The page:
Tuesday 20 October 2015

GoodRead - Trigger Mortis

If you have read a post I wrote at the beginning of September (click here if you haven't), I have had a bad run with audiobooks of late. It was a number of things, but for one reason or another, I just couldn't click with them. So, when the lovely peeps at Midas PR asked if I want to review some audiobooks for them, I have been quite hesitant because of the audiobook nightmares I have encountered.

But, with Trigger Mortis, I was intrigued. I have tried (and failed) to read James Bond before but I do like Anthony Horowitz and I knew he can write spy novels well - I mean, Alex Rider, anyone? Plus, you have David Oyelowo reading. It can't be that bad... right?

Set after the events of Goldfinger, Bond is on his next mission. He is asked to go to the Grand Prix, driving on one of the most dangerous tracks in Europe, trying to stop the Russians from sabotaging the race. But when he sees an agent of SMERSH with a rich Korean - Jin Seung Sin - who people dub as Jason Sin (because they either can't pronounce his name or are too lazy to learn it), Bond's mission turns a turn that will see him racing against the clock because what started as a car race could actually be the biggest race of them all...

Like I said earlier, I haven't read Ian Fleming's books (only the movies - don't judge me), but I enjoyed myself listening to this. It had the essence of Bond from the books (I'm not sure if this would work if it was movie Bond) where he smokes too much, drinks too much and enjoys women (I am going to talk about this a little later). It was exciting, fun thriller, which made me remember that Anthony is good at writing thrillers.

Also, Anthony wrote a villain - Jin Seung Sin - that creeped the heck out of me, then made me feel sorry for because of his back story (how ironic that his backstory is reflected with the recent events happening in Syria  and refugees in general) then back to "This guy is nuts and doesn't care who he hurts!". I, weirdly, found him a fascinating character.

There is some problems with this book. But I can't decide if they are big problems that would ruin the book for me or problems with Bond as a whole. With two of them, I have a feeling it's Bond that's the problem.

The first is David Oyelowo's reading of Trigger Mortis. Now, I liked it. I could tell the characters apart, David gave the characters depth. But I can understand some write-ups that I have read where they aren't not happy with the pacing of David's reading. At some point, he does reading very slowly and then, in high action scenes, his reading gets faster so the listener has to change how they listen to the story.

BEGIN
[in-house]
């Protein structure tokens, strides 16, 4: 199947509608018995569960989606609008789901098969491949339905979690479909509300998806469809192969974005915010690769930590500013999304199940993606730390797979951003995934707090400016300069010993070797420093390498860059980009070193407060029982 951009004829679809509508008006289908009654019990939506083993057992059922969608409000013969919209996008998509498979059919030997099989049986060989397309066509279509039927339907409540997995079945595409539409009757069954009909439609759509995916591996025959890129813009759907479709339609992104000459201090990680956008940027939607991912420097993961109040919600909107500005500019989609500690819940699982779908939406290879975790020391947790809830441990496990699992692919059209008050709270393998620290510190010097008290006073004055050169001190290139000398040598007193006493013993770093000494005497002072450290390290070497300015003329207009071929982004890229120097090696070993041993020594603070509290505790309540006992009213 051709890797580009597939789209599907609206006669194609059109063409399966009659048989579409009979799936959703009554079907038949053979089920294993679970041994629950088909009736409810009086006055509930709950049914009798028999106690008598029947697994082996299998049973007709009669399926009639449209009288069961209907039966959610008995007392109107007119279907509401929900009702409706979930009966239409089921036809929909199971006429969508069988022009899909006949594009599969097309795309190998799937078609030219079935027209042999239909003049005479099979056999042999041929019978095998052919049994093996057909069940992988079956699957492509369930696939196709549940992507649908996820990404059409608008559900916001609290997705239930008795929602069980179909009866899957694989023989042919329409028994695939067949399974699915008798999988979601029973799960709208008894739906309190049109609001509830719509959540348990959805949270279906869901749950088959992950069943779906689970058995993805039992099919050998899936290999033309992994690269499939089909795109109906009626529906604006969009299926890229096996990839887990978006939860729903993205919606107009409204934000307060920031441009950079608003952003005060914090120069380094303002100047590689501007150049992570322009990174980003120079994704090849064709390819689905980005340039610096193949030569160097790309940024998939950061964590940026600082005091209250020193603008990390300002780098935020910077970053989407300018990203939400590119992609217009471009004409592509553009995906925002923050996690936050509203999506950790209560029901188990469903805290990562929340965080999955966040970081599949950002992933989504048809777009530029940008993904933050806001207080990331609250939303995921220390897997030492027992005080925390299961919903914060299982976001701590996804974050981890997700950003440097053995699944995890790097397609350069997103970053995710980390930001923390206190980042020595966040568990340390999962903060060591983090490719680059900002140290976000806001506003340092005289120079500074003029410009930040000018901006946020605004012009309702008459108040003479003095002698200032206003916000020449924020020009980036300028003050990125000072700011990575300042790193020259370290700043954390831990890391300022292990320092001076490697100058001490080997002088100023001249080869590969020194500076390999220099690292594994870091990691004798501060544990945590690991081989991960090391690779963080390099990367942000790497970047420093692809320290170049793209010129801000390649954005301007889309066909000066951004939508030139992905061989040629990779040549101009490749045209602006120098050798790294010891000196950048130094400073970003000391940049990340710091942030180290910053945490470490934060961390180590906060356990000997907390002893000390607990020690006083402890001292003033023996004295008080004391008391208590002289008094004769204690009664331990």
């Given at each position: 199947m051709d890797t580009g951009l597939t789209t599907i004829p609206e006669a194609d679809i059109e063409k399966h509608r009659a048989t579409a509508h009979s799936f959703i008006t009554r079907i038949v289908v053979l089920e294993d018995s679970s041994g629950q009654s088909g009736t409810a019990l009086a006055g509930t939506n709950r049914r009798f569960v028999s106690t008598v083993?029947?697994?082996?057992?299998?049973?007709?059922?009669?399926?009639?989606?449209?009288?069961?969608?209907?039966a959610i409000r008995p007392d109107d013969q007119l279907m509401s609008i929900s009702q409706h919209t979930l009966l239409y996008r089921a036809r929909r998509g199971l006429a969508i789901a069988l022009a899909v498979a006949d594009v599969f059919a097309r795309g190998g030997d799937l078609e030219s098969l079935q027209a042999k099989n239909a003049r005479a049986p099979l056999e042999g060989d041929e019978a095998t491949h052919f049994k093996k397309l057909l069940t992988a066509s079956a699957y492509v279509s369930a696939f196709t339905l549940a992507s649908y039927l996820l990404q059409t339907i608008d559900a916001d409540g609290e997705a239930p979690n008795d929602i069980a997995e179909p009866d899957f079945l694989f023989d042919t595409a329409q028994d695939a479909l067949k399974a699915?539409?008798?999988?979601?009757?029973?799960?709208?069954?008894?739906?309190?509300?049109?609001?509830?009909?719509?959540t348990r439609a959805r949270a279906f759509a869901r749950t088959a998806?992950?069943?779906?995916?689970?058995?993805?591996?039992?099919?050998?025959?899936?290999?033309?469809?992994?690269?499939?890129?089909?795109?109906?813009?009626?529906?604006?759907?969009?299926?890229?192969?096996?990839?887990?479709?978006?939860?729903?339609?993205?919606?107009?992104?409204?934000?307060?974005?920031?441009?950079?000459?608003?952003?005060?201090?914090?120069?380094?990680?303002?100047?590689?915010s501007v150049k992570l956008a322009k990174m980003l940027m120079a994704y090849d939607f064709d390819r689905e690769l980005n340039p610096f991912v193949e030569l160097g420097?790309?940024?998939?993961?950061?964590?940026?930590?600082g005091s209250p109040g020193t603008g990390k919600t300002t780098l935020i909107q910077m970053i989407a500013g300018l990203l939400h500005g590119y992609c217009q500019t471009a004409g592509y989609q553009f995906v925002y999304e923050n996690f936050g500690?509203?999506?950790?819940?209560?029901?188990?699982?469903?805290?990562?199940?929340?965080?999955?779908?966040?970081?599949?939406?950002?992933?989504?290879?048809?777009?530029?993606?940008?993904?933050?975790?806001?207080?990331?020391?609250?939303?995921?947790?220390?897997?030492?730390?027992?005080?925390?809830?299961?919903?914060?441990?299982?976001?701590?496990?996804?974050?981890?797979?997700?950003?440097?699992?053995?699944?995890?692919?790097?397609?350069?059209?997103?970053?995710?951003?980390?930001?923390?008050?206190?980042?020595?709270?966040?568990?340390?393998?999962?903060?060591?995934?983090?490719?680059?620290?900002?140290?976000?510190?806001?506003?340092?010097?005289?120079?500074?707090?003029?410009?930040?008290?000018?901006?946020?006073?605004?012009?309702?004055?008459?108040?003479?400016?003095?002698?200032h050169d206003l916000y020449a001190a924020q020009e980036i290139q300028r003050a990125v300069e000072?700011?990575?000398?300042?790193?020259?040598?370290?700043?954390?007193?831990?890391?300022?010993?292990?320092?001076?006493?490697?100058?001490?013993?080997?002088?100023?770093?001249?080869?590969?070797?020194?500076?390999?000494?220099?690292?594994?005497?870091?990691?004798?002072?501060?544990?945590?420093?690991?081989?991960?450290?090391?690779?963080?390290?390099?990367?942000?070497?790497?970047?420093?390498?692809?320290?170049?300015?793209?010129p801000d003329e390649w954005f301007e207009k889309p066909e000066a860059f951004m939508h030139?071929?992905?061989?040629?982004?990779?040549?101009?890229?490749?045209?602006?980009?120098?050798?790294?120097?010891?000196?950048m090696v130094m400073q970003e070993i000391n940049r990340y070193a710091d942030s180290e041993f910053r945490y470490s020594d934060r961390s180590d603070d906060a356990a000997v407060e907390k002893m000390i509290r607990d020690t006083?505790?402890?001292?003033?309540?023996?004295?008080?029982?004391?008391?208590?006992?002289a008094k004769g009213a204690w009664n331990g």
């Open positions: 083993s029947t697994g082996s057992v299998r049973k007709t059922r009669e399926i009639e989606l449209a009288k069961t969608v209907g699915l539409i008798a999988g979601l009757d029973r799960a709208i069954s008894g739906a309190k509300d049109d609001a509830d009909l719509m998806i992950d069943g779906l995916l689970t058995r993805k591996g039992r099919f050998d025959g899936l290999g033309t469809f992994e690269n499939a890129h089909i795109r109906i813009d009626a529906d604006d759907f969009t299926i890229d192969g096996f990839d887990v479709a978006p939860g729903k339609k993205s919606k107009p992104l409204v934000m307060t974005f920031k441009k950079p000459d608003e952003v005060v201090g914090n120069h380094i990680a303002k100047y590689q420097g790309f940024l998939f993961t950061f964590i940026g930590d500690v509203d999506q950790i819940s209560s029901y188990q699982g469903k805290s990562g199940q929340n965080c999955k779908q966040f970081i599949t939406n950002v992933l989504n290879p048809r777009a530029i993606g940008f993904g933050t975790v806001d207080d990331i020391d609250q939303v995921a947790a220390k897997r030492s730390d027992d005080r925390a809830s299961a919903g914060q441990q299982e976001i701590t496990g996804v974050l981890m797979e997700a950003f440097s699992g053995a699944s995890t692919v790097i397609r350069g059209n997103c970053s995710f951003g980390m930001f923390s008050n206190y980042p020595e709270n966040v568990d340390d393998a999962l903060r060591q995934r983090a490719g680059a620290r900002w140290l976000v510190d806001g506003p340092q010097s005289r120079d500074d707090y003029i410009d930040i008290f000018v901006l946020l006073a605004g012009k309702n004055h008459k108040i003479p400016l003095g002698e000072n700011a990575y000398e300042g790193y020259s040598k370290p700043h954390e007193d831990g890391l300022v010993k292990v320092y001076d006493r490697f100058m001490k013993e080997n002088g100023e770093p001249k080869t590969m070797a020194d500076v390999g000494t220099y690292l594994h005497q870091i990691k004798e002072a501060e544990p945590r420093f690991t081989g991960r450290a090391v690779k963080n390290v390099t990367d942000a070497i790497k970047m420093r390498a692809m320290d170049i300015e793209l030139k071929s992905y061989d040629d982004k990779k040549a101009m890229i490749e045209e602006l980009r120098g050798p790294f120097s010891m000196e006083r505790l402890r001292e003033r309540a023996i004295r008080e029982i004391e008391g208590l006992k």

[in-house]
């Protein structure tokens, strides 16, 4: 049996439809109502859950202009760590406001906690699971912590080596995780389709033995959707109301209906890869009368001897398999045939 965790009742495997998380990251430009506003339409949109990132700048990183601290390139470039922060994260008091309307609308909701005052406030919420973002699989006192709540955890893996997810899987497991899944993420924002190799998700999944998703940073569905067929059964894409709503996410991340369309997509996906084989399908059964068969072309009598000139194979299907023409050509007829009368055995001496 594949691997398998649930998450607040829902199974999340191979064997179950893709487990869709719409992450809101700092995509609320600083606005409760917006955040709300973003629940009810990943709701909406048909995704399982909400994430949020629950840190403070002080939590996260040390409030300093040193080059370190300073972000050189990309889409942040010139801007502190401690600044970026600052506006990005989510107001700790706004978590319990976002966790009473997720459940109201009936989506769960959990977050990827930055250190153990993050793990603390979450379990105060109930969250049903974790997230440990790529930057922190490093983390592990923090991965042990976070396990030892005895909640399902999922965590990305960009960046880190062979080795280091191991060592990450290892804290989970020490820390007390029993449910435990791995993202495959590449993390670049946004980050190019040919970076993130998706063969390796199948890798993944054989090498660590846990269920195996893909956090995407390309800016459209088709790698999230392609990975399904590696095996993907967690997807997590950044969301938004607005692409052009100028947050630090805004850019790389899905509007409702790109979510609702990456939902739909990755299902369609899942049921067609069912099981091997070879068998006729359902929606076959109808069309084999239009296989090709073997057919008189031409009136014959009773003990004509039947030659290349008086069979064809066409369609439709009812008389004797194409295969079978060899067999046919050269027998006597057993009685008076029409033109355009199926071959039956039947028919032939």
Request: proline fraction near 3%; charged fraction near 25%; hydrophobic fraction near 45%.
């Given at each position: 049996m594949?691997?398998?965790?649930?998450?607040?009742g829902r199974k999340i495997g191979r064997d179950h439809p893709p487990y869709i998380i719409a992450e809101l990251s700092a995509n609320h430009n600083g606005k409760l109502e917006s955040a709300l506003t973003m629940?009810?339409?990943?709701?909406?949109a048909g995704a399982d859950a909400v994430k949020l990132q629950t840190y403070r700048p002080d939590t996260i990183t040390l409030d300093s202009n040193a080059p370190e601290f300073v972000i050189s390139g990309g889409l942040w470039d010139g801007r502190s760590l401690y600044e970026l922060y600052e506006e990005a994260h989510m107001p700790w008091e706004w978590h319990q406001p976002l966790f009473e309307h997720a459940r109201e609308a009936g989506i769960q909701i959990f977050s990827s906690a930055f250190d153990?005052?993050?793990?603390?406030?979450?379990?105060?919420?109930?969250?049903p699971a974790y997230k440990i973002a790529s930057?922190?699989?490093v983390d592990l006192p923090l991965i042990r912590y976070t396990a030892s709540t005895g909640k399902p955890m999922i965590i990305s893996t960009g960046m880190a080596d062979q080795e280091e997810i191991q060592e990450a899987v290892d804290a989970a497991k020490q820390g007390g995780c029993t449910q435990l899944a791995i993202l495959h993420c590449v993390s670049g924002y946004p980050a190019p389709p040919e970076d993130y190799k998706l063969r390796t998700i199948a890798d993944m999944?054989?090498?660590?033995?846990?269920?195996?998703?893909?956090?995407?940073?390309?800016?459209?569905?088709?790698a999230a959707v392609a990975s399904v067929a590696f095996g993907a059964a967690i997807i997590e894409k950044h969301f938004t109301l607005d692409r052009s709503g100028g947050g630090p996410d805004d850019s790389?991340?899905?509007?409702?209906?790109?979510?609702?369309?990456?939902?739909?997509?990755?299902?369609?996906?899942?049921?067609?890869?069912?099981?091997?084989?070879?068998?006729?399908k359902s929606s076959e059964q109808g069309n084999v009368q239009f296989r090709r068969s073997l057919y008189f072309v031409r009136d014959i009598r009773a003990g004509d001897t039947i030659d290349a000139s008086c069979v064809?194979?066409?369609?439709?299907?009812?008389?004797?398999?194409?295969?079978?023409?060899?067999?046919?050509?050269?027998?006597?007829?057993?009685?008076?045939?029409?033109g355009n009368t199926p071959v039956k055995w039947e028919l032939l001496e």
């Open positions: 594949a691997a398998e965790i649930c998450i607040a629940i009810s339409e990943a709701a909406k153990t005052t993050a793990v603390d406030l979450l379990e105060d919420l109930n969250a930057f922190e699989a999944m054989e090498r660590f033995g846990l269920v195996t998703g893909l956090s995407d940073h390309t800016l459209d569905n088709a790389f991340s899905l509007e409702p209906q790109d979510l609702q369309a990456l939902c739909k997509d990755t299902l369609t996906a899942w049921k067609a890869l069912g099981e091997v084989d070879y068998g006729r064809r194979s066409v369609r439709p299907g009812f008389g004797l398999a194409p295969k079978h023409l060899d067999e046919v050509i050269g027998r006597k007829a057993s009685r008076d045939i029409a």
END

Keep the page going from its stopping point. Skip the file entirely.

Another thing that true Bond fans might have issue is that Trigger Mortis does try once or twice to make Bond more human - a product of our time rather than a product of Ian Fleming's time. Bond has conversations with people about homosexuality (which at the time was illegal - Pussy Galore was a lesbian in Goldfinger but Bond "turned her" straight by the end of the book) and he is still racist at times. But then, there are moments Bond does act a tiny bit out of character. There is a moment when Bond, about to nearly kill someone, decide to let him live after the man pleads for his life, telling Bond about his family. Now, Bond is a killing mission - nothing matters but the mission - so showing mercy is hugely out of character for him.

But my main issue - which is a huge thing I have with James Bond in general - is the way he treats women. We see him treating women badly time and time again in both the books and in the movies. He enjoys the chase, sleeps with them and then discards them without a moment's thought. And in any form of adventure (movie, book, etc), do we see him decide to be safe and use a condom? Of course, this is Bond!

But in Trigger Mortis, we have three "Bond Girls" (I am trying not to use that term. It's a bit degrading, isn't it?). We have Pussy Galore from Goldfinger, who Bond "turned" straight. She came back with him because she was in danger in New York. But the thrill was gone and, after she was in danger, she ends things with Bond after a few chapters. He wanted her gone for a while but she ends it, basically calling him out on being a coward when it comes to relationships. But, barring this, what exactly was the point of her being in this story? Was her appearance a nod to fans of the book series or was it to show us that Bond is a bit of a sexist pig? Whatever it was, her appearance was lacking and it would have been nice if she was more involved in the story as a whole because of the location of where the book ends. I thought she was going to be in the whole story, not for a few chapters... And with the other two, Logan Fairfax and, the main "Bond girl", Jeopardy Lane, Bond uses them and then dismisses them once their use is over. Logan leaves after she teaches him how to drive a Grand Prix car and Jeopardy... ok, that's spoiler territory but you can guess.

Bond treats these women badly - actually, he treats all women badly - and yet, here we are, kinda celebrating it.

Sorry, that is a rant for a later date, me thinks.

But yes, Trigger Mortis. It was a love letter from a fan to the author and it was a lot of fun. I do hope Anthony Horowitz is asked to write another Bond novel.

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